Little Bits of History

Gateway

Posted in History by patriciahysell on October 28, 2012

The Gateway Arch

October 28, 1965: The Gateway Arch construction is completed. Also known as the Gateway to the West, the arch remains the centerpiece of the Jefferson National Expansion Memorial in St. Louis, Missouri. The arch is located at the site on the west bank of the Mississippi River where Pierre Laclède asked for a city to be built back on February 14, 1764. The arch reaches up 630 feet into the Midwestern sky making it the tallest man-made monument in the US. It is also the tallest accessible building in Missouri as well as the largest structures designed as a catenary arch – meaning an arch that describes an idealized, natural forming curve when supported only at the ends.

Luther Ely Smith came home to St. Louis back in 1933 and was faced with a crumbling riverfront area. In Indiana, where he had just visited, the George Rogers Clark National Historical Park had impressed him and he wished for something like it in Missouri. He petitioned the mayor who presented the idea on December 15, 1933 to the city leaders. The idea was sanctioned and a nonprofit – Jefferson National Expansion Memorial Association (JNEMA—pronounced “Jenny May”) – was established. It was not an immediately popular idea as funds during the Great Depression were scarce. The city believed the project would cost $30 million and petitioned the federal government for ¾ of the funds. The project of riverfront renewal would create much needed jobs.

Franklin D. Roosevelt approved the plan with Executive Order 7253. The site was found and the historic buildings were condemned and demolished after many court cases finally allowed their destruction. Monies were distributed to the land owners and the property was taken over. Designs for the memorial were taken and a winner of the contest with Eero Saarinen becoming the architect of choice. Hannskarl Bandel was the structural engineer. Even with the design in hand, more road blocks were on the horizon. The railroads had to be dealt with as they needed to be relocated. After all these details had been accomplished, the arch needed to be built. Bidding for the construction opened on January 22, 1962. MacDonald Construction Company won the contract for the arch and visitor center.

Ground was broken in 1959 and by 1961 the foundation structure was laid. Construction of the arch itself began on February 12, 1963 as the first steel triangle on the south leg was placed. These triangles narrow was they arch upwards. The arch was assembled, using 142 prefabricated stainless steel sections each measuring 12 feet long. Once these were in place, concrete and tension bars were placed within the double-walled skin of each section. The cost of building the arch was about $13 million (nearly $96 million today). The arch opened to the public on June 10, 1967 and was inaugurated on May 24, 1968.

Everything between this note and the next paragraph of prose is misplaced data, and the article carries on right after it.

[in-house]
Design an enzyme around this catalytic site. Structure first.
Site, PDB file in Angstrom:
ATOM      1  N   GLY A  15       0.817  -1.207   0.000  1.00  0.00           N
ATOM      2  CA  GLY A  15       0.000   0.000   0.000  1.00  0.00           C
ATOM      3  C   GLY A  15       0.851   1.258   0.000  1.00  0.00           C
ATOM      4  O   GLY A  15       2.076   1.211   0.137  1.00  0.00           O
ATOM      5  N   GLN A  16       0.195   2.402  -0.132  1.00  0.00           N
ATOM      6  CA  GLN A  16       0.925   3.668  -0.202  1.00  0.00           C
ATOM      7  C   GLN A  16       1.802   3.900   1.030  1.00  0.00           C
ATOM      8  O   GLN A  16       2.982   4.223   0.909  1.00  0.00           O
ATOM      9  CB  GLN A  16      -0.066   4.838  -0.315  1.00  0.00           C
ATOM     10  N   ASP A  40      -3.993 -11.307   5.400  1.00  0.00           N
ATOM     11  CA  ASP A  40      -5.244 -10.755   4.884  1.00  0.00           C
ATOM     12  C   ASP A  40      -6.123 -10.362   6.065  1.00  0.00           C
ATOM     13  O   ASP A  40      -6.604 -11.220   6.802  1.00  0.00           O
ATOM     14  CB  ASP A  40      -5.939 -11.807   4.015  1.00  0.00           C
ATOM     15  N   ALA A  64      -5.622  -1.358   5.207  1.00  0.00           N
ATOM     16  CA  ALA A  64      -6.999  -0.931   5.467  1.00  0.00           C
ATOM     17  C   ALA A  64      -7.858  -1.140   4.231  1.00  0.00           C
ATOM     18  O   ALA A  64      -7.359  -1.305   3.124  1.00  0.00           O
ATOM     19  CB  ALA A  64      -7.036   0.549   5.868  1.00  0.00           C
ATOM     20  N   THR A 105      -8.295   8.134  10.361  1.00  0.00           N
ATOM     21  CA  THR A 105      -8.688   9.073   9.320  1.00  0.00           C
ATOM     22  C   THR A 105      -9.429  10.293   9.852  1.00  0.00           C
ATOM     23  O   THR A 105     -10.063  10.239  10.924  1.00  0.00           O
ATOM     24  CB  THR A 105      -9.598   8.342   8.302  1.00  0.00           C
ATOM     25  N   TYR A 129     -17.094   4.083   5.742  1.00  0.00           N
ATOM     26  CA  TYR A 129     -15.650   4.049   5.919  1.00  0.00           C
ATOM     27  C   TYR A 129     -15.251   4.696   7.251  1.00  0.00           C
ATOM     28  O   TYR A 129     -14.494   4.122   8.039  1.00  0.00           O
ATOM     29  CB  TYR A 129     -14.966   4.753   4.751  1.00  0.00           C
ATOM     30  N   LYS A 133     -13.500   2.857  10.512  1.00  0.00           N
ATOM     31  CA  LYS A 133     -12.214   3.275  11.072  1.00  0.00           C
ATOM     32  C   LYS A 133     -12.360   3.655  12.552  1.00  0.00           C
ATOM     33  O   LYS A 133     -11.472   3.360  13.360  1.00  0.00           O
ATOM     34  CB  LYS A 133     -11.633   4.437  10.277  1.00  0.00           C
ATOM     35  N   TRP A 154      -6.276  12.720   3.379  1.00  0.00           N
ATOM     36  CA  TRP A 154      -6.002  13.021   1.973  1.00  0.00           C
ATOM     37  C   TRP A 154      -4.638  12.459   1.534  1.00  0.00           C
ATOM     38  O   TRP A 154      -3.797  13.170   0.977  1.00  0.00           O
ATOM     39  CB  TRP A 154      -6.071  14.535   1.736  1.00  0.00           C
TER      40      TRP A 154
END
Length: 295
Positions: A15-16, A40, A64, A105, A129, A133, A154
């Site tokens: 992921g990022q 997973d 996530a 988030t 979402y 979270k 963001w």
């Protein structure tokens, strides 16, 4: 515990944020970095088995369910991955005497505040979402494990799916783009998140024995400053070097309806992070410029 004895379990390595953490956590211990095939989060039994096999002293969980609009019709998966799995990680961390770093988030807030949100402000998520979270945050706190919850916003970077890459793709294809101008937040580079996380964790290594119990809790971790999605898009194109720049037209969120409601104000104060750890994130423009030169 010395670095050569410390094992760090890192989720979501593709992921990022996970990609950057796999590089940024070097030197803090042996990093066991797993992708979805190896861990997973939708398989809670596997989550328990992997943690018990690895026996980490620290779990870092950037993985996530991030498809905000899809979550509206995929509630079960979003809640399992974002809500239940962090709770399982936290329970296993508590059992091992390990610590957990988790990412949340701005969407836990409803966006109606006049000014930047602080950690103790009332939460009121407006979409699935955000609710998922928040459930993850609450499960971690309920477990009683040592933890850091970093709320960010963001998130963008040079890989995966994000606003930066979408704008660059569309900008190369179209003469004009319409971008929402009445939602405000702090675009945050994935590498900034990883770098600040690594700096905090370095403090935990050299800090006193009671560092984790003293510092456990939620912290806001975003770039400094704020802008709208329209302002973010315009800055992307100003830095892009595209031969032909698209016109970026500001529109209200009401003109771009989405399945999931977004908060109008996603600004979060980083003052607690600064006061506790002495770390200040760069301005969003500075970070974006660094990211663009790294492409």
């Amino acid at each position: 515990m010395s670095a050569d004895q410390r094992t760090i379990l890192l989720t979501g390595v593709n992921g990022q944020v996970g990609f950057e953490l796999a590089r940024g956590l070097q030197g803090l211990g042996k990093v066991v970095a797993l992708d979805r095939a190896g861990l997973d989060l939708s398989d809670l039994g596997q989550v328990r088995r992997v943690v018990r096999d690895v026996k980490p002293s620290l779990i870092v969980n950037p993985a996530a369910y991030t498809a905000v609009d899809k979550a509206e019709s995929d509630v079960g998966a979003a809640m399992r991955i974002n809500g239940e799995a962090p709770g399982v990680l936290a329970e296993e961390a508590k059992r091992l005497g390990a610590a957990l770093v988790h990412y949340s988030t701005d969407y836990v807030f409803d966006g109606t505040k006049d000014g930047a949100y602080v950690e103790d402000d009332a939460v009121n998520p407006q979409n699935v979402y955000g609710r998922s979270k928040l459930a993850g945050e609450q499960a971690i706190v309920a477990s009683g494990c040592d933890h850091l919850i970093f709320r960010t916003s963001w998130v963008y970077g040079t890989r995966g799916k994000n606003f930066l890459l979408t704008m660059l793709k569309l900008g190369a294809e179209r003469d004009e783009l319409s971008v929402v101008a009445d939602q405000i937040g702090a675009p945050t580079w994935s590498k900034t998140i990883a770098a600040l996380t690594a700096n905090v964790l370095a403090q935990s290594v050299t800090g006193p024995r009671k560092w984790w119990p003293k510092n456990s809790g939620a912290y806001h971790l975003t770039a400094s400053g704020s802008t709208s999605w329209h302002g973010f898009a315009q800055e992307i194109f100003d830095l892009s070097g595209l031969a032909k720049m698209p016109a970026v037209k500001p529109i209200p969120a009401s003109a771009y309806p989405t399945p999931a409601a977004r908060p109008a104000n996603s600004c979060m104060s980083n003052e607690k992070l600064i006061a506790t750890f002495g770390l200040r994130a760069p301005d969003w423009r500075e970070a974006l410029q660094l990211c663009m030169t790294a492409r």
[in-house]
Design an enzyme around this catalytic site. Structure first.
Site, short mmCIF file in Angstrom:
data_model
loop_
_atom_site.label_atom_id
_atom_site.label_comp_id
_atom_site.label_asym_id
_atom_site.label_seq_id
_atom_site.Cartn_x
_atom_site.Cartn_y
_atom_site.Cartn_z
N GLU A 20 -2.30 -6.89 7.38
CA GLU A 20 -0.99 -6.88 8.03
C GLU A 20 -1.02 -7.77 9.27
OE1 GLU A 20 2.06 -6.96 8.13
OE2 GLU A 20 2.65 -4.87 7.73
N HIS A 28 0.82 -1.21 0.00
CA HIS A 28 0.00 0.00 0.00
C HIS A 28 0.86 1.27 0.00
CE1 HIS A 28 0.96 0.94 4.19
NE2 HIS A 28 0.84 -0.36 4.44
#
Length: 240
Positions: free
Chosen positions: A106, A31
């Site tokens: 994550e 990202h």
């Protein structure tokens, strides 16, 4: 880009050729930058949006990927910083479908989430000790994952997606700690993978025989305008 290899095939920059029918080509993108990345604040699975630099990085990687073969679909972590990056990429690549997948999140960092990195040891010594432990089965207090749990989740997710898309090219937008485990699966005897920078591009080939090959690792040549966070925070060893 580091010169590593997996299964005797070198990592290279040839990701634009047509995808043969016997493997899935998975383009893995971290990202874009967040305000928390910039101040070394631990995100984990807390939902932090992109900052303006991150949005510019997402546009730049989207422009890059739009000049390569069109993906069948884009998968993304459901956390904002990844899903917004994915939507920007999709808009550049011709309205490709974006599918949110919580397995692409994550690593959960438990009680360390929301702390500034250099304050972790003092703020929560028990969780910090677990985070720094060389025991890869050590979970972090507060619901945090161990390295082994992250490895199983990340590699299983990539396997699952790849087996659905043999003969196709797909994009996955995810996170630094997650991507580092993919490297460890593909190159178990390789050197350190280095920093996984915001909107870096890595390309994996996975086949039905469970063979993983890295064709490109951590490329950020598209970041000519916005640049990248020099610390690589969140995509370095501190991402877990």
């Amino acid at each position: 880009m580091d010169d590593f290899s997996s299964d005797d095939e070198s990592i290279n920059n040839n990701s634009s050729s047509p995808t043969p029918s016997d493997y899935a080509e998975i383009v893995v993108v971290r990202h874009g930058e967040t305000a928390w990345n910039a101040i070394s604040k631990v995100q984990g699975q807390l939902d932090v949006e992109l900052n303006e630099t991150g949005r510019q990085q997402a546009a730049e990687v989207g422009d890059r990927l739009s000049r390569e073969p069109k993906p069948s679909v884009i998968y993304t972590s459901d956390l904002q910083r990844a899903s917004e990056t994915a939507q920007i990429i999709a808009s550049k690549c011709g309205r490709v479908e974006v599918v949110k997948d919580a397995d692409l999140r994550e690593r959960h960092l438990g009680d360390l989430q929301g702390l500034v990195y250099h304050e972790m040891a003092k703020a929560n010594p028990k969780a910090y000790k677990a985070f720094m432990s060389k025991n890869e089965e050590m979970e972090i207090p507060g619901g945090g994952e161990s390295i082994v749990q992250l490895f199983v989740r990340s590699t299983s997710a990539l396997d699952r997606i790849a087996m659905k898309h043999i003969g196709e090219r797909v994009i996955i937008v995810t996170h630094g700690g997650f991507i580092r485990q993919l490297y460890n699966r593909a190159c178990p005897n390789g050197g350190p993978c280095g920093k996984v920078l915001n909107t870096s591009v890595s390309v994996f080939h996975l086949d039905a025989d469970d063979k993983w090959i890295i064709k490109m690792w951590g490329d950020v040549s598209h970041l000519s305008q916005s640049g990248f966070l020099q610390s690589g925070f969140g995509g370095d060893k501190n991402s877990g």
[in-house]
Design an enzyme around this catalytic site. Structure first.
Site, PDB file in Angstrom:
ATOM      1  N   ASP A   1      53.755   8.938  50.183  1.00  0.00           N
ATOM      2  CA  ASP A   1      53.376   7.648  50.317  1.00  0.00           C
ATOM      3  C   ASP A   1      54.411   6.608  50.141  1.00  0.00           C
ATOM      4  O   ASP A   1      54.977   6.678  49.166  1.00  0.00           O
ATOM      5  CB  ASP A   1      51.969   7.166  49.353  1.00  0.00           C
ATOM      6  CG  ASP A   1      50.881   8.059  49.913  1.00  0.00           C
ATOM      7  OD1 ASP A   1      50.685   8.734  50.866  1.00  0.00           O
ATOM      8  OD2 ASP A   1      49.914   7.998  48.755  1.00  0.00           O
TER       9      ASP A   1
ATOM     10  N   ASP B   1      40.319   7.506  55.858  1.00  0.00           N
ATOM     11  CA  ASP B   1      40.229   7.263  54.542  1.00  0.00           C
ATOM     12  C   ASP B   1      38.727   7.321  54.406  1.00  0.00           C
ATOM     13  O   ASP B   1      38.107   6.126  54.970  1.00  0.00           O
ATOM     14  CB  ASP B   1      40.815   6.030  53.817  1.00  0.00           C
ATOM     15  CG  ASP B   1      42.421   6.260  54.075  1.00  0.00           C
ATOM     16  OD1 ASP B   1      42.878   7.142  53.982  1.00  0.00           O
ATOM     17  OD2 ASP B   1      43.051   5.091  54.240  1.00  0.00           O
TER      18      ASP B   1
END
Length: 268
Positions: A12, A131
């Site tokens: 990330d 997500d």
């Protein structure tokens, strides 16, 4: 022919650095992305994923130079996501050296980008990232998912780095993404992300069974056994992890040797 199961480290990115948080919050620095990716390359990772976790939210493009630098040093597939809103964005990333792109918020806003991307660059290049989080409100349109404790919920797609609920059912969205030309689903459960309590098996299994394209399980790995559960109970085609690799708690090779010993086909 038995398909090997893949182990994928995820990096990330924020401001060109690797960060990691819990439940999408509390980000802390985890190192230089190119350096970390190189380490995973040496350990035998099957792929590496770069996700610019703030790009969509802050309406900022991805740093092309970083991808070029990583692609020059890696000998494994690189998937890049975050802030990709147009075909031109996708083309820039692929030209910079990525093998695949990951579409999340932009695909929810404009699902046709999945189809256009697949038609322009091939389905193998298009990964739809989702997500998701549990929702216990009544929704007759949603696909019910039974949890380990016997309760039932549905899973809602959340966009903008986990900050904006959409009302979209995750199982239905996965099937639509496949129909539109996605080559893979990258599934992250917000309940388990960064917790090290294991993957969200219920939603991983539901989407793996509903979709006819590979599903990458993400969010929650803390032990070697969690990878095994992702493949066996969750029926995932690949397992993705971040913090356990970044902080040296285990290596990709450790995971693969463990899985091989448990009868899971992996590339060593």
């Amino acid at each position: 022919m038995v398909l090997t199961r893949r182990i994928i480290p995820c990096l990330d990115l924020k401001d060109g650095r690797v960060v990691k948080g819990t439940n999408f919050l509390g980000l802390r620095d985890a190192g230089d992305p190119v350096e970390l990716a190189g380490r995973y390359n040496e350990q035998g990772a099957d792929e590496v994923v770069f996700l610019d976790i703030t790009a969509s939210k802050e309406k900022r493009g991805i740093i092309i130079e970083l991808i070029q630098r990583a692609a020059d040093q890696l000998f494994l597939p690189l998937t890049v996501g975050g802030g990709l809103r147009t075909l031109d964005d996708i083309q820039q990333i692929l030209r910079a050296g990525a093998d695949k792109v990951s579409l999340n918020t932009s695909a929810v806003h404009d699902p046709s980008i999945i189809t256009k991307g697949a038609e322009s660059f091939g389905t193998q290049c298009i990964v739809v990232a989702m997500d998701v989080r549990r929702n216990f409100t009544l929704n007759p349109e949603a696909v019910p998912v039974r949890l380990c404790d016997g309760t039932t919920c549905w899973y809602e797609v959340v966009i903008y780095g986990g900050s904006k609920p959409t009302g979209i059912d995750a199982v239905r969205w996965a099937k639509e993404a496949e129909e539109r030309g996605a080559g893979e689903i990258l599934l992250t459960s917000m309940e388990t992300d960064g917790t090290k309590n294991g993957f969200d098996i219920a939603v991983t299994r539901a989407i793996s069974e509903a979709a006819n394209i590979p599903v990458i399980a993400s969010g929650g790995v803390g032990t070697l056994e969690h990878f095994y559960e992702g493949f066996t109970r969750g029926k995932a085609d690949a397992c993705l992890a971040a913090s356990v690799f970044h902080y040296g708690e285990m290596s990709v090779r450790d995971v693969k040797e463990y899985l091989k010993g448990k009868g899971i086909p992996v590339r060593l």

During a nation-wide competition in 1947-48, architect Eero Saarinen’s inspired design for a 630-foot stainless steel arch was chosen as a perfect monument to the spirit of the western pioneers. – National Park Service

The Arch weighs 17,246 tons. Nine hundred tons of stainless steel was used to build the Arch, more than any other project in history. – St. Louis Arch website

The ancient Romans had a tradition: whenever one of their engineers constructed an arch, as the capstone was hoisted into place, the engineer assumed accountability for his work in the most profound way possible: he stood under the arch. – Michael Armstrong

Human society is like an arch, kept from falling by the mutual pressure of its parts. – Seneca

Also on this day:

Higher Education – In 1538, the first university in the New World was established.
The Two Sisters – In 1886, the Statue of Liberty was dedicated.
Volstead Act – In 1919, Prohibition passed over President Wilson’s veto.

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3 Responses

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  1. Bobby Dias said, on October 28, 2012 at 9:29 am

    This project is an example of the selfish and monolithic attitude that is often taken by a government promoting the one event over many others that were perhaps even more important than the event itself. Much other history in the area that preceded Smith- but they were considered worthless by Smith who was in a money-making mode.

    • patriciahysell said, on October 28, 2012 at 1:52 pm

      Luther Ely Smith died in 1951, before construction even began. He “selfishly” volunteered to fight in both the Spanish-American War and in World War I. He brought the first full time city planner to St. Louis and helped to revive a crumbling waterfront and turn it into a beautiful homage to those who left the civilized East and headed West. I’m not sure of the focus of your dissatisfaction.

  2. Sherry said, on October 29, 2015 at 8:29 am

    I’ve been to the top of the Arch at least three times. Those little trains of cramped egg-like pods which transport sightseers to the observation room at the top are a LOT scarier than the view!


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